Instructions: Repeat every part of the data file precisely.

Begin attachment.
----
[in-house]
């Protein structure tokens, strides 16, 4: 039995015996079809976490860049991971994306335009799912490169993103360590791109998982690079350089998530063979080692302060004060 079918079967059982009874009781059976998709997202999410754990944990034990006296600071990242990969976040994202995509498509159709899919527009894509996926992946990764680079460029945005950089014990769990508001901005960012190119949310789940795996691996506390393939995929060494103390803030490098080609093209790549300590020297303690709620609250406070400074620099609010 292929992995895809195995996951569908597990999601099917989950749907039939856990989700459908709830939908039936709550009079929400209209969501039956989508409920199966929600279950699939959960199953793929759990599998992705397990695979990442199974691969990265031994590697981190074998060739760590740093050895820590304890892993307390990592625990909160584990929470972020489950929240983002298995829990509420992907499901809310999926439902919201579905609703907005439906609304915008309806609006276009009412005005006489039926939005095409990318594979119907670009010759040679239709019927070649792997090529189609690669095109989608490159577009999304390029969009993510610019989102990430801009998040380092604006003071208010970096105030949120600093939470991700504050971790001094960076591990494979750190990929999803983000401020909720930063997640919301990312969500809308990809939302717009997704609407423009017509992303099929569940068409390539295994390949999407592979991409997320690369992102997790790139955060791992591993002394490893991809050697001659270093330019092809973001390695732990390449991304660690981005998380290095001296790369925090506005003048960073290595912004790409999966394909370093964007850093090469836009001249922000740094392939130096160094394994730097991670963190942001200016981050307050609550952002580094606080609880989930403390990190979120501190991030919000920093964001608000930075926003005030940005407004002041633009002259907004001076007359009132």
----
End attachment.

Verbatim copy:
[in-house]
């Protein structure tokens, strides 16, 4: 039995015996079809976490860049991971994306335009799912490169993103360590791109998982690079350089998530063979080692302060004060 079918079967059982009874009781059976998709997202999410754990944990034990006296600071990242990969976040994202995509498509159709899919527009894509996926992946990764680079460029945005950089014990769990508001901005960012190119949310789940795996691996506390393939995929060494103390803030490098080609093209790549300590020297303690709620609250406070400074620099609010 292929992995895809195995996951569908597990999601099917989950749907039939856990989700459908709830939908039936709550009079929400209209969501039956989508409920199966929600279950699939959960199953793929759990599998992705397990695979990442199974691969990265031994590697981190074998060739760590740093050895820590304890892993307390990592625990909160584990929470972020489950929240983002298995829990509420992907499901809310999926439902919201579905609703907005439906609304915008309806609006276009009412005005006489039926939005095409990318594979119907670009010759040679239709019927070649792997090529189609690669095109989608490159577009999304390029969009993510610019989102990430801009998040380092604006003071208010970096105030949120600093939470991700504050971790001094960076591990494979750190990929999803983000401020909720930063997640919301990312969500809308990809939302717009997704609407423009017509992303099929569940068409390539295994390949999407592979991409997320690369992102997790790139955060791992591993002394490893991809050697001659270093330019092809973001390695732990390449991304660690981005998380290095001296790369925090506005003048960073290595912004790409999966394909370093964007850093090469836009001249922000740094392939130096160094394994730097991670963190942001200016981050307050609550952002580094606080609880989930403390990190979120501190991030919000920093964001608000930075926003005030940005407004002041633009002259907004001076007359009132």